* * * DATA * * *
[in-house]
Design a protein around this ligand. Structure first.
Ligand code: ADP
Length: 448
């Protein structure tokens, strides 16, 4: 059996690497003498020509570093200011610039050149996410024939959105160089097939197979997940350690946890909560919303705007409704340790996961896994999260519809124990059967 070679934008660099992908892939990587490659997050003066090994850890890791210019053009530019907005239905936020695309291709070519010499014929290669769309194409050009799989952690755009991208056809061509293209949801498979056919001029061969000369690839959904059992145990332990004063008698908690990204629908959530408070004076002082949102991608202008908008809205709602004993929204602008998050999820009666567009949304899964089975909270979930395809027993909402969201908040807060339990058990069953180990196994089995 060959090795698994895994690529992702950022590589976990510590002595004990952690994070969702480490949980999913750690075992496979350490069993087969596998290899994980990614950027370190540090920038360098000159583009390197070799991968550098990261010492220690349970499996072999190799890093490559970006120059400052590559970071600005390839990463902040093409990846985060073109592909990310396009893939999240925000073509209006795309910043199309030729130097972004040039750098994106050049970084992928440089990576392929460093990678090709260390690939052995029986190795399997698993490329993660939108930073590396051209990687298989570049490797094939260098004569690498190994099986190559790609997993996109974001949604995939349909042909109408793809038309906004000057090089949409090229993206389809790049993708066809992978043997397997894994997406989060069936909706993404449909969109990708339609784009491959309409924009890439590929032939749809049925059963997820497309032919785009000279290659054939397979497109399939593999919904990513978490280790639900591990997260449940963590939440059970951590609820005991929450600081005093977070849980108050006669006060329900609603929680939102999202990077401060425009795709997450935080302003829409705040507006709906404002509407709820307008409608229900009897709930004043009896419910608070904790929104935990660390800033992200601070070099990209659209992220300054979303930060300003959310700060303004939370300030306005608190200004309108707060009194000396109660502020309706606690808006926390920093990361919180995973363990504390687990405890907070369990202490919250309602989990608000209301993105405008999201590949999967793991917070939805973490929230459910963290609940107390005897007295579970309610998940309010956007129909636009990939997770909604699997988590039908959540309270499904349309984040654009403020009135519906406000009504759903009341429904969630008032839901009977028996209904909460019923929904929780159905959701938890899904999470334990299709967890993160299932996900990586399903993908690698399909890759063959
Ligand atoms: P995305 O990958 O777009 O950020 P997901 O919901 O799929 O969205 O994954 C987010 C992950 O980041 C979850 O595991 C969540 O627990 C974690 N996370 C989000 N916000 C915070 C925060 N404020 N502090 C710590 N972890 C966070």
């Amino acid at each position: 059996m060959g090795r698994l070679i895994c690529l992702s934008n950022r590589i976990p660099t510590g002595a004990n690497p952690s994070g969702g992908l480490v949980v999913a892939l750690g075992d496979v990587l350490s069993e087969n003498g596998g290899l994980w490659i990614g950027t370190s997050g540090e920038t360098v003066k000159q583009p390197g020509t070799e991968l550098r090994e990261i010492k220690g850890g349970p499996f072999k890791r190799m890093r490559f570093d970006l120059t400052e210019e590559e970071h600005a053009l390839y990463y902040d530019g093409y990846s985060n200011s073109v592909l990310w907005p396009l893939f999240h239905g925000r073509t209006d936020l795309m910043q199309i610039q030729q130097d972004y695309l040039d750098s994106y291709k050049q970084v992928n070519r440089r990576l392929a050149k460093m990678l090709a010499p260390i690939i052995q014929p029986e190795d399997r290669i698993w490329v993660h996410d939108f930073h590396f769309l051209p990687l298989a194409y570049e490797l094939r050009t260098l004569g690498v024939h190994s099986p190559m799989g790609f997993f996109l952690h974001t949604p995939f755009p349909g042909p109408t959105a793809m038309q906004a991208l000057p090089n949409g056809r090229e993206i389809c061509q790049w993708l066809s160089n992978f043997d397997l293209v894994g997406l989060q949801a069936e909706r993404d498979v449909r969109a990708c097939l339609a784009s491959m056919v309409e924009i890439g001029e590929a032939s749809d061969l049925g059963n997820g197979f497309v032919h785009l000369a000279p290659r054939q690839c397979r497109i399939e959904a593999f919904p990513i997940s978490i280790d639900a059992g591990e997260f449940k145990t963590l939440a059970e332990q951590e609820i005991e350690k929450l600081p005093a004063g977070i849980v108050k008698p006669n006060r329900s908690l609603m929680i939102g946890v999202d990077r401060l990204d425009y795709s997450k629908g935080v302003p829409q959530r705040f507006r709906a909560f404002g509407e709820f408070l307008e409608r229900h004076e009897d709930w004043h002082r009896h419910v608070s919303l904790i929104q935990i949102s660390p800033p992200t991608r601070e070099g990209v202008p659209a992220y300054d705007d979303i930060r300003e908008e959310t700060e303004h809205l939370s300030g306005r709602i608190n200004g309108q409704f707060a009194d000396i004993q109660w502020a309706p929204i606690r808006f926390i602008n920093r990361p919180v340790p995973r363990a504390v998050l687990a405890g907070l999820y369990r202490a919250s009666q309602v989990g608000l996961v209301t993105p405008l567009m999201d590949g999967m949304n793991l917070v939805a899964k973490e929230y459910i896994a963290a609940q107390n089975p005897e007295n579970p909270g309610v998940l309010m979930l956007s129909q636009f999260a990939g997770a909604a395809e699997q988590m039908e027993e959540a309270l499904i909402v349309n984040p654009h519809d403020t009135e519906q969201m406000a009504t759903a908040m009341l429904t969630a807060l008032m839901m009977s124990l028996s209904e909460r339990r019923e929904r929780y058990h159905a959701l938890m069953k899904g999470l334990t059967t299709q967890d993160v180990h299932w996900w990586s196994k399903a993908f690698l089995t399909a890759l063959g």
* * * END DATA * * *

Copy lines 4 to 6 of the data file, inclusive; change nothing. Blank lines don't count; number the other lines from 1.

Length: 448
């Protein structure tokens, strides 16, 4: 059996690497003498020509570093200011610039050149996410024939959105160089097939197979997940350690946890909560919303705007409704340790996961896994999260519809124990059967 070679934008660099992908892939990587490659997050003066090994850890890791210019053009530019907005239905936020695309291709070519010499014929290669769309194409050009799989952690755009991208056809061509293209949801498979056919001029061969000369690839959904059992145990332990004063008698908690990204629908959530408070004076002082949102991608202008908008809205709602004993929204602008998050999820009666567009949304899964089975909270979930395809027993909402969201908040807060339990058990069953180990196994089995 060959090795698994895994690529992702950022590589976990510590002595004990952690994070969702480490949980999913750690075992496979350490069993087969596998290899994980990614950027370190540090920038360098000159583009390197070799991968550098990261010492220690349970499996072999190799890093490559970006120059400052590559970071600005390839990463902040093409990846985060073109592909990310396009893939999240925000073509209006795309910043199309030729130097972004040039750098994106050049970084992928440089990576392929460093990678090709260390690939052995029986190795399997698993490329993660939108930073590396051209990687298989570049490797094939260098004569690498190994099986190559790609997993996109974001949604995939349909042909109408793809038309906004000057090089949409090229993206389809790049993708066809992978043997397997894994997406989060069936909706993404449909969109990708339609784009491959309409924009890439590929032939749809049925059963997820497309032919785009000279290659054939397979497109399939593999919904990513978490280790639900591990997260449940963590939440059970951590609820005991929450600081005093977070849980108050006669006060329900609603929680939102999202990077401060425009795709997450935080302003829409705040507006709906404002509407709820307008409608229900009897709930004043009896419910608070904790929104935990660390800033992200601070070099990209659209992220300054979303930060300003959310700060303004939370300030306005608190200004309108707060009194000396109660502020309706606690808006926390920093990361919180995973363990504390687990405890907070369990202490919250309602989990608000209301993105405008999201590949999967793991917070939805973490929230459910963290609940107390005897007295579970309610998940309010956007129909636009990939997770909604699997988590039908959540309270499904349309984040654009403020009135519906406000009504759903009341429904969630008032839901009977028996209904909460019923929904929780159905959701938890899904999470334990299709967890993160299932996900990586399903993908690698399909890759063959
Ligand atoms: P995305 O990958 O777009 O950020 P997901 O919901 O799929 O969205 O994954 C987010 C992950 O980041 C979850 O595991 C969540 O627990 C974690 N996370 C989000 N916000 C915070 C925060 N404020 N502090 C710590 N972890 C966070």